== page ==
by Susanne Farmer
It was Christmas Eve, and Jill was dying to finish work. As
she tapped her fingernails on the counter, the butcher came into the
front of the shop, minus his overall.
"I'm just popping out for half an hour," he said.
"If you can manage to sell that last turkey by the time I get
back, you can go home early."
Her mood soared. "Brilliant! Thanks a lot." Hopefully
she'd be finished in thirty minutes.
There was so much to be done at home. First, she had to finish
wrapping the kids' presents. Then the house needed a pre-Christmas
clean, and some of the neighbours were coming round this evening.
In a moment of madness, she'd even promised them a buffet.
The fridge was so full, scotch eggs kept jumping out every
time the kids went into it. There was no room in the freezer, either,
otherwise she'd buy the turkey herself just to get away.
The bell over the door rang and a good-looking man walked
in off the high street holding a piece of
"Half a pound of streaky bacon, please."
Jill gave him a flirtatious smile as she weighed some out.
"And would you like to try a nice fresh bird this Christmas?"
"No thanks, love. I'm only trusted with bacon. The wife
even wrote that down for me, in case I got the wrong type."
The next customer was wearing a paper party hat and no jacket.
"I'll have half a kilo of chipolatas, please."
Jill bagged them up. "There you are. And have you got
a big enough turkey at home?"
"No. He's in the pub."
The woman laughed like a screeching tyre as she put the chipolatas
in her handbag. "I've just popped out because his bottom lip
will be dragging the table if I forget the sausages. Merry Christmas!"
After a lull of five minutes, Jill decided to take action.
The only thing she cared about selling right now was poultry, so the
lonesome bird needed to be the star of the window display.
It was currently squatting on a white plastic tray to one
side, an anaemic blob next to the red meat. She slid the trays of
steak to one side and made a stand in the middle out of a hundred
Paxo stuffing boxes.
On top of that she placed a silver platter from the back of
the shop. She was about to lay the turkey in the centre, when a young
woman came in.
"D'you know, I've been looking everywhere for a silver
tray like that. Do you know where I can find one?"
Jill barely disguised her irritation. "I don't, I'm afraid.
Come back in twenty minutes and ask the butcher."
She put down the turkey and studied the Christmas tree in
the corner of the shop. It was smothered. Dozens of strands of thick
tinsel encircled it like a helter-skelter ride.
It could stand to lose a few, so she picked some off and draped
some blue and silver around the stuffing boxes. For the bird itself,
she used the most luxuriant piece of red and lay it loosely around
like a scarf.
An adjustment to the overhead spotlight lit up the turkey,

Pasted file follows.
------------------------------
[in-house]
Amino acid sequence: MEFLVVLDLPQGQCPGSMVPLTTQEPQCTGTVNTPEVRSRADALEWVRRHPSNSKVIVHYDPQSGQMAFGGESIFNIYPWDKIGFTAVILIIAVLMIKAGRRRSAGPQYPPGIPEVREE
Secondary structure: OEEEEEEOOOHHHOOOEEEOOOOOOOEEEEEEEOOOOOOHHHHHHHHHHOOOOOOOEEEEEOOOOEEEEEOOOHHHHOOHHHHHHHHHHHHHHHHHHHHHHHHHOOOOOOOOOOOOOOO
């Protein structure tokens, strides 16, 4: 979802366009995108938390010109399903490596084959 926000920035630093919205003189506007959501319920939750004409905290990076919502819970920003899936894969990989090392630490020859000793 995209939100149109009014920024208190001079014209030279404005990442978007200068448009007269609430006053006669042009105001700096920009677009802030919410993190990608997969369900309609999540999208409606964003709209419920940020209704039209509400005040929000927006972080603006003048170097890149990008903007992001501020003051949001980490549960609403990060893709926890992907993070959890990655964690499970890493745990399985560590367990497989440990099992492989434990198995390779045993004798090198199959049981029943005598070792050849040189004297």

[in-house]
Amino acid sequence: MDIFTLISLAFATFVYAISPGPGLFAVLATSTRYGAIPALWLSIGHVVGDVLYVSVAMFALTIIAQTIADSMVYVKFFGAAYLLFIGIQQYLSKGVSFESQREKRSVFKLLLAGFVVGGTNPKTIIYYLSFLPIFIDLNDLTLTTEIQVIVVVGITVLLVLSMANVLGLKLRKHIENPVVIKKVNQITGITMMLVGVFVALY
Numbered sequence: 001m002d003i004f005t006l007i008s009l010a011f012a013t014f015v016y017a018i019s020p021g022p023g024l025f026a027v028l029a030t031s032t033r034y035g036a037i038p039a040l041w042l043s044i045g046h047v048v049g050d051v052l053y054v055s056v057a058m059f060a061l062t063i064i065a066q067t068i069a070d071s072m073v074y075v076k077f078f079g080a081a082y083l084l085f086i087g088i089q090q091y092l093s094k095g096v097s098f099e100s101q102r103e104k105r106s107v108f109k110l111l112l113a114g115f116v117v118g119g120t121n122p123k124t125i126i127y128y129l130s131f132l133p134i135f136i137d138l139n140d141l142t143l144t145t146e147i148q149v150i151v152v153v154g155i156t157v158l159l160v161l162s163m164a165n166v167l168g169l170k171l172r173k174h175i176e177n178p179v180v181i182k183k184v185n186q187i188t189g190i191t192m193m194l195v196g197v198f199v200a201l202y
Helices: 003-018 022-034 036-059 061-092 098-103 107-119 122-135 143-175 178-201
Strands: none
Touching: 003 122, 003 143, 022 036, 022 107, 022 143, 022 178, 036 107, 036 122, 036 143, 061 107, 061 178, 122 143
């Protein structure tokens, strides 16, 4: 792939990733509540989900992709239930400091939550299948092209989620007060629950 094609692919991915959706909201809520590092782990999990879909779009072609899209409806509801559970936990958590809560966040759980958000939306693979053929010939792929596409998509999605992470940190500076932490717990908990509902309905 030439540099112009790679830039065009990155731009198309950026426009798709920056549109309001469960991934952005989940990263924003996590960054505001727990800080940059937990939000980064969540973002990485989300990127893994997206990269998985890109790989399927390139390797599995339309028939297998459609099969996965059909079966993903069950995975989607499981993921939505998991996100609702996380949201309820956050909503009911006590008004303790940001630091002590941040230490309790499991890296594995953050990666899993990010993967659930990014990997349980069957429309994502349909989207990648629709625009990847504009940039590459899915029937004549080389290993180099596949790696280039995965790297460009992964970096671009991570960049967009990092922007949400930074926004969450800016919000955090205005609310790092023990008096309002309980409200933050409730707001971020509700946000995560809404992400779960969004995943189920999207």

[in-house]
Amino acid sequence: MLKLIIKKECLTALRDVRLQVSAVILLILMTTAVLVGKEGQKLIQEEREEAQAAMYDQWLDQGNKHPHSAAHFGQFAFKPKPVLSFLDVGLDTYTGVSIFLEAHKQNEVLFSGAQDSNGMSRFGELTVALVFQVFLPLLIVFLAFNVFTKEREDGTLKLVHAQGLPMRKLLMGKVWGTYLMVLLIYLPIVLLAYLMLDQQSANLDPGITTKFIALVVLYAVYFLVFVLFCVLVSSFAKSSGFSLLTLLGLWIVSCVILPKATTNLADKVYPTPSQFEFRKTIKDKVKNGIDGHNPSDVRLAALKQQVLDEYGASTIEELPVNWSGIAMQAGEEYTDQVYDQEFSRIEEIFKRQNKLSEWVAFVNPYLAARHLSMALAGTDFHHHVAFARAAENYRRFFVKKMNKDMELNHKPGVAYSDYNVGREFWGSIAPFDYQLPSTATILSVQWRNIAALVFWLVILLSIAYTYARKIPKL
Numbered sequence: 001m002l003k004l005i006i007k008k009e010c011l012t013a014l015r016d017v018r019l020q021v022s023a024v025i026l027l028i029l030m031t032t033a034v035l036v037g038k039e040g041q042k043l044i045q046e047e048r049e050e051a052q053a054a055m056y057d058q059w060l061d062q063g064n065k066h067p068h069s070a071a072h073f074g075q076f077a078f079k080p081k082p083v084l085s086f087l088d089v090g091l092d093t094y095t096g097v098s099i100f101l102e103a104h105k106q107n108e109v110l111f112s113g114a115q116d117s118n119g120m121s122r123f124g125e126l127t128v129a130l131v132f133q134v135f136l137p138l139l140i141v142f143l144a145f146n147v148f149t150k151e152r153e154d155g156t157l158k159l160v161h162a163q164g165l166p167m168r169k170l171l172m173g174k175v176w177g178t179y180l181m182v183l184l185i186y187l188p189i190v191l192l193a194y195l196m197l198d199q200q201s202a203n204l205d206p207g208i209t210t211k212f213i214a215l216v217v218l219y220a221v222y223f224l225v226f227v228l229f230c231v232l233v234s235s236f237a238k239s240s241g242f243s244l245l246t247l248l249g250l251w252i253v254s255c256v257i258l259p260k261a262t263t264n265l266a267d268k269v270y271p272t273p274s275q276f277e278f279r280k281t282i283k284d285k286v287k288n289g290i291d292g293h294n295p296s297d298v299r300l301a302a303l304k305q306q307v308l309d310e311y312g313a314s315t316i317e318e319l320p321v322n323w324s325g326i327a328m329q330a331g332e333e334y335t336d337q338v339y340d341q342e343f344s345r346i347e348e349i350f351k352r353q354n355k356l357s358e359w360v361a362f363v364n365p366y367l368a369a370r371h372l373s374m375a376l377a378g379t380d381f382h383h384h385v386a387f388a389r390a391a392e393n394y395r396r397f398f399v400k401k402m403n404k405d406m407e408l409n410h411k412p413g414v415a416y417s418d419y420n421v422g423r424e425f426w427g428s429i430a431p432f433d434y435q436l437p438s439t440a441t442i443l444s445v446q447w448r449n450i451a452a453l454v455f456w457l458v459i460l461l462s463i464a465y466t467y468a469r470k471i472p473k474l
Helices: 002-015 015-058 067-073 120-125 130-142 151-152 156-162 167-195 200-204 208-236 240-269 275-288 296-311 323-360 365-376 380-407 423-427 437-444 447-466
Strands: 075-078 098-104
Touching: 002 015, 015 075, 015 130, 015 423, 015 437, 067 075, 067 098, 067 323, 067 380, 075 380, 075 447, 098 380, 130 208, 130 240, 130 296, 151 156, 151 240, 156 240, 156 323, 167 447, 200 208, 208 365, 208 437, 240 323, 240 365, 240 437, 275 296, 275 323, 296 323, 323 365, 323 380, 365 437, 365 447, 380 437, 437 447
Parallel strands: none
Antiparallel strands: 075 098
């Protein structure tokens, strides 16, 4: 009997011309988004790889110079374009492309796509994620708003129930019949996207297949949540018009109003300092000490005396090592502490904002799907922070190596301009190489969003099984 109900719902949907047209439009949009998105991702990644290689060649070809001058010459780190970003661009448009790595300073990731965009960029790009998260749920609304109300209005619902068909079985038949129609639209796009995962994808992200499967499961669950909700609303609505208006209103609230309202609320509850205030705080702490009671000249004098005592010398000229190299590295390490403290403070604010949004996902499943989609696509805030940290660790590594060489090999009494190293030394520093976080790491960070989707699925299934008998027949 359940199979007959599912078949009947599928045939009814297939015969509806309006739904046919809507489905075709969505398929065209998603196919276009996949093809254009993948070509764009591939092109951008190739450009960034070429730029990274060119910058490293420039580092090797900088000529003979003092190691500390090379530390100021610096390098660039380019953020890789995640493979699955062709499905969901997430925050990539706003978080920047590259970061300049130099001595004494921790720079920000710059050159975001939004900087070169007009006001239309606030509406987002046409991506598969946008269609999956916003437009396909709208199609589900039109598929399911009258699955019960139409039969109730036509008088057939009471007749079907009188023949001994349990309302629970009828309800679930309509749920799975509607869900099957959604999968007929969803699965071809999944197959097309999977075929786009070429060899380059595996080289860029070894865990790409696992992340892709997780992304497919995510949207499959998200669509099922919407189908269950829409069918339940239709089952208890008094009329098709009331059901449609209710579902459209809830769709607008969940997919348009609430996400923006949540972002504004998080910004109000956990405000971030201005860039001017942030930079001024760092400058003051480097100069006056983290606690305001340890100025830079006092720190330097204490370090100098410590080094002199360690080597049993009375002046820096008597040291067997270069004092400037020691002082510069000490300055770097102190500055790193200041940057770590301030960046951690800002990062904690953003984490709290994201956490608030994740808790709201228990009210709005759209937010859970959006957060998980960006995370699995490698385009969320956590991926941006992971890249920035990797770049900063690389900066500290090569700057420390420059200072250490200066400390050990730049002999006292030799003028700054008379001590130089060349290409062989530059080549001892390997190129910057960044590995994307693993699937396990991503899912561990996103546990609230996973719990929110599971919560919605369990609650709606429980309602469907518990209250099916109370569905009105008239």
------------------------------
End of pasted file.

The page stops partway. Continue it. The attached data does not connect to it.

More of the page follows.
now conspicuous as a celebrity in its elevated position. A career
in window-dressing might be on the cards, at this rate.
In fact, why stop now? She pulled the line of coloured fairy
lights from the bottom of the window and wound them around her centrepiece.
Was that enough? She had only to sell the turkey, and she could go
as soon as the butcher returned.
Her eyes were drawn to the top of the tree. There, wearing
layers of silver-spangled net, was a large, unoccupied fairy.
One kebab stick up her skirt later, the fairy was impaled
and suspended above the turkey, pointing at it with her wand. Brilliant.
People were really starting to look.
A couple with a little girl walked up to the window and stood
with their faces right up to the glass. They seemed to be having a
discussion. Perhaps they weren't sure if the shop was open or not.
Jill stepped out into the cold. "It's a beautiful turkey,
isn't it? Very fresh and an excellent flavour."
The little girl looked confused and her parents just nodded.
"Why don't you come inside and I'll weigh it for you.
They're excellent value."
"No thanks," the father said. "We've got one
Jill couldn't hide her disappointment.
"It's my daughter," he continued. "She's in
love with your fairy. She thinks it's a magical kind of turkey fairyland."
The little girl nodded and gazed dreamily at the fairy.
"But you've got a fairy already, haven't you, Munchkin?"
Jill went back in.
She was just thinking about banging her head on the counter,
when the bell sounded over the door.
"Thank goodness you're open!" A woman in a thick
camel overcoat rushed to the counter. "I need a turkey, please."
Yes! Jill resisted the urge to punch the air.
"Here we are, then." Full of Christmas cheer, she
lifted the turkey onto the scales.
"I need a bigger one than that, actually."
No! Jill resisted the urge to punch the turkey.
"I'll have a look in the back," she said, taking
the solitary fowl with her.
Once out of view, she dropped the turkey on the wooden chopping
table, and ran to the fridge. There on the top shelf was an excess
of ready-made sage and onion stuffing. Perfect.
She began packing as much into the bird as she possibly could.
Finally, she smoothed down her knuckle marks and took it back to the
"This one's much bigger." She put it on the scales.
"Is that the largest you have?"
"Yes. This is a very popular size, this one."
The woman hesitated, looking briefly out of the window and
back again at the turkey.
"You won't find a fresher, tastier bird than this."
"Okay, then." The woman got her purse out. "I'll
take them both."